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Angel Face Cookies

Guest post from Brigette Shevy

To be perfectly honest, I’ve never been a fan of sugar cookies. However, these sugar cookies are an exception!

Soft and buttery, these melt-in-your-mouth goodies are the perfect accompaniment to a steamy mug of cocoa, or a good book by the fireplace. They also make an attractive (frugal!) addition to a plate of Christmas treats.

They will keep for weeks in the freezer (probably longer than that, but I haven’t tried), and you can freeze them before or after baking.

This recipe is one my husband grew up on, and one of those I had to get from his mom when we got married. I’m pretty sure it’s one my children will want to take with them as well someday.

My husband says they are in a category of their own – somewhere between a sugar cookie and snickerdoodle. I don’t try to categorize them; I just know they are good!

If you’re looking for a classic all-around holiday cookie that uses basic ingredients, here it is!

Brigette is a full-time wife and mother who is blessed with three amazing bundles of energy (ages 5, 3, and 1). She enjoys music, experimenting in the kitchen, homeschooling her children, finding great deals, long-distance running, and anything chocolate.

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  • janel says:

    These look great! My family has lots of traditional recipes for nutmeg logs, datenut cakes, gingersnaps and very chocolatey things.

    But my husband and his family tend to like very plain things…. vanilla, butter cookies, shortbread cookies, etc… (which are ok but not the favorite of anyone in my family)…so this looks like the perfect recipe to bake up and gift to them! 🙂

  • Kristy says:

    Ooh, thanks for these! I am with you not being a major fan of sugar cookies, but I do love me some snickerdoodles.

  • Kelly says:

    Have you ever substituted for the shortening? More butter, coconut oil? We try to stay away from hydrogenated oils. Thanks!

    • Danielle says:

      I wondered that too, I was thinking of trying them using all butter. They look so awesome, I hate to mess with the recipe! But yeah, I don’t usually buy shortening.

      • Brigette says:

        I completely understand staying away from hydrogenated oils! I almost never use shortening either – except when I’m going for a certain texture in cookies. You can definitely use all butter, you will just end up with a slightly flatter crispier cookie. Shortening makes them not spread so much during baking, and a softer finished product. I’m not sure about coconut oil. If you try it, let me know if you like it. 🙂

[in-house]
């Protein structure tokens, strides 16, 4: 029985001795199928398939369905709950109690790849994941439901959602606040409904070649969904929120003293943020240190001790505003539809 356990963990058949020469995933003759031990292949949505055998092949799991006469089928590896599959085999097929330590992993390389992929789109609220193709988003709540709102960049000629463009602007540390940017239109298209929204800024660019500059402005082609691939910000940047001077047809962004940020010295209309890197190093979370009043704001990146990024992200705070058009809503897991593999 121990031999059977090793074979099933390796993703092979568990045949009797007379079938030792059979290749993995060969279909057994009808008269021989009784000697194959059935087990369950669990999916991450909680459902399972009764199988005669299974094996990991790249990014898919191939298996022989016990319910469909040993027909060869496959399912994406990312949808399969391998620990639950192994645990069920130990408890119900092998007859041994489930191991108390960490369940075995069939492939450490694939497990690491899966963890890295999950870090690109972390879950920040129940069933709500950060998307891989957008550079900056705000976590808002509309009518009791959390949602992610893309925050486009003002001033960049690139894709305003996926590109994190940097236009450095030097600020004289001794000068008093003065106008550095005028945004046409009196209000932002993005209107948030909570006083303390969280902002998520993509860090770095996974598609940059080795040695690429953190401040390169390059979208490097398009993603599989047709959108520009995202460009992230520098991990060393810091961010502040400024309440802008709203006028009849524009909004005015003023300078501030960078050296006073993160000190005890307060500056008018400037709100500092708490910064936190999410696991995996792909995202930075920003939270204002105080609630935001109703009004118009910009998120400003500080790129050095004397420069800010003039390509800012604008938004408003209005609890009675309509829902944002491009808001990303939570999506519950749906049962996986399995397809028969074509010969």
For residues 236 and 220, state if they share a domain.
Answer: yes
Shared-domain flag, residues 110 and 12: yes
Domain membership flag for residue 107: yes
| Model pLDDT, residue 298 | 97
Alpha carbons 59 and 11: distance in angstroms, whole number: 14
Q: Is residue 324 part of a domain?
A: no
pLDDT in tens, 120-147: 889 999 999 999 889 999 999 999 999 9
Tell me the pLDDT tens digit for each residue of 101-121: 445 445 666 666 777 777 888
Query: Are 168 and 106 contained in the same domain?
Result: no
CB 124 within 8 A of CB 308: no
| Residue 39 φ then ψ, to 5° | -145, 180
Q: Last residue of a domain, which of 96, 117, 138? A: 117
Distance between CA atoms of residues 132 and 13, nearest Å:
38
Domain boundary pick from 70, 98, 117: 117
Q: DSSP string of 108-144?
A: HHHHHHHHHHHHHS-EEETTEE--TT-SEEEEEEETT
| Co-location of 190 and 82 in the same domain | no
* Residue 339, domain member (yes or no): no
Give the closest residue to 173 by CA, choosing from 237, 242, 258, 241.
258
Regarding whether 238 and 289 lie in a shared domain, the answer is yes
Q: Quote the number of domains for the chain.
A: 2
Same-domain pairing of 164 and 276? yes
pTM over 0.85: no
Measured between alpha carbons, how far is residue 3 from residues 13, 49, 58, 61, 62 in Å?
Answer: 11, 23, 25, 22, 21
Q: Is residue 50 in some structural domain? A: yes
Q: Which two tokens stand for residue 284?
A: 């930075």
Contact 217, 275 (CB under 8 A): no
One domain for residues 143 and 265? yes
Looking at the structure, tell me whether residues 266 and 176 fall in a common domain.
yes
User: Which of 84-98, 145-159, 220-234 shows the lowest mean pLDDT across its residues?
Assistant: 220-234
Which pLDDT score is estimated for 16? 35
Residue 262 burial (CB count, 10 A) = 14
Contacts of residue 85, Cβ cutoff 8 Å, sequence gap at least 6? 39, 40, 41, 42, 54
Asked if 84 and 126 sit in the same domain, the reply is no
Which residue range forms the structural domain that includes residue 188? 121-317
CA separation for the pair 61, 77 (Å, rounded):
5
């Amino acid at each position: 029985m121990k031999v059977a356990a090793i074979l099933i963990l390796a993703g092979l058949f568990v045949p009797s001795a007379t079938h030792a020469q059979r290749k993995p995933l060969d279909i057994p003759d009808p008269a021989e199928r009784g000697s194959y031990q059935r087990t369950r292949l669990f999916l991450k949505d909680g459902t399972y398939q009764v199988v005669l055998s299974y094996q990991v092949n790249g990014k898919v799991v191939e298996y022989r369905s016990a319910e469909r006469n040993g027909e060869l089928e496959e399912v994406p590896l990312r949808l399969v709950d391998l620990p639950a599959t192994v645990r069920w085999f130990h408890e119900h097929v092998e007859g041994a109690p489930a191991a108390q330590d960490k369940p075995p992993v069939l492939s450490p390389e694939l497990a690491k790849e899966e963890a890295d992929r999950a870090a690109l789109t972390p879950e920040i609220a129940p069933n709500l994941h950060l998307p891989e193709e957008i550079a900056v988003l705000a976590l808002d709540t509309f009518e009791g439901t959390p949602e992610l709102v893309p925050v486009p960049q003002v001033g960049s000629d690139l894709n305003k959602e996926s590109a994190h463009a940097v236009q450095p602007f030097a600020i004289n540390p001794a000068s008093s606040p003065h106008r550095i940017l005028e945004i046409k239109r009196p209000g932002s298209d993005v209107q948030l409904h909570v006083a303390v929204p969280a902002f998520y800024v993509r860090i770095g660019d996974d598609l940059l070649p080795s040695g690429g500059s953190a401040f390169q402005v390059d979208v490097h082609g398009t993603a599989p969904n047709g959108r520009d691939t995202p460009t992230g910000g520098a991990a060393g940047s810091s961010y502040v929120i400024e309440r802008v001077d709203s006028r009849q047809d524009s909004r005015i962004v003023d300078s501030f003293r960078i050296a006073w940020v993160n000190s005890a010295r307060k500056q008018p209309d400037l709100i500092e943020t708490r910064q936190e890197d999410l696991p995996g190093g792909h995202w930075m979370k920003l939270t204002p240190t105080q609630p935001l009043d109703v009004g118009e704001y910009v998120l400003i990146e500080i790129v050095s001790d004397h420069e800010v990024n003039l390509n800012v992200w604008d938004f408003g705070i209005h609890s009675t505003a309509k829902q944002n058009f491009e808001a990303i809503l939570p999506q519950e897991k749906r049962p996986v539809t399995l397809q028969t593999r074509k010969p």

• Matti says:

        You can buy nonhydrogenated shortening, I think Spectrum has a brand, as does Earth Balance. I’ve had better luck with the Earth Balance than the Spectrum. They make really great half butter/half shortening pie crusts. You should be able to sub a certain amount of coconut oil without getting too much coconut flavor in the cookies themselves (not that that’s a bad thing, but it might not be what you’re going for). I would say maybe 2/3 cup coconut oil and 1 1/3 cups butter. However, the final product might be a little different. I’ve seen cookie recipes like this that use a mix of butter, cream cheese, and vegetable or canola oil for the fat in the recipe and they were supposed to be chewy, moist cookies, if you just want to nix shortening altogether. Good luck and let us know if you make them! The great thing about a cookie like this is it’s great if some of your family loves things vanilla and buttery, and others want things dressed up, these would nicely accept all kinds of add-ins, like Heath Bar pieces, chocolate drizzles, Andes mint pieces, crushed peppermint, rolled in part sugar and candied ginger, beautiful chunky sugar or sprinkles, nuts, dried fruit, dried coconut and pineapple (dried or crushed and drained). I’m currently pregnant and very, very into Christmas cookies!

    • Monica says:

      Palm shortening is a great natural alternative to regular shortening. Spectrum has a brand sold in health food stores called organic shortening, but if you look at the ingredients its just palm.

    • Sarah DJ says:

      I use Palm Shortening from Tropical Traditions!

    • Angie says:

      I don’t have a problem with hydrogenated oils, but I was considering substituting for convenience-to cut down the number of ingredients. I thought 2 cups of the butter flavored shortening could work for the 1 cup butter and 1 cup shortening. But at the moment I actually have shortening and I always have butter so I really don’t need to substitute. Running to the store just for butter flavored shortening would be more of an expense and hassle. Now if I just had the cream of tartar, I would try these.

    • Raquel Evans says: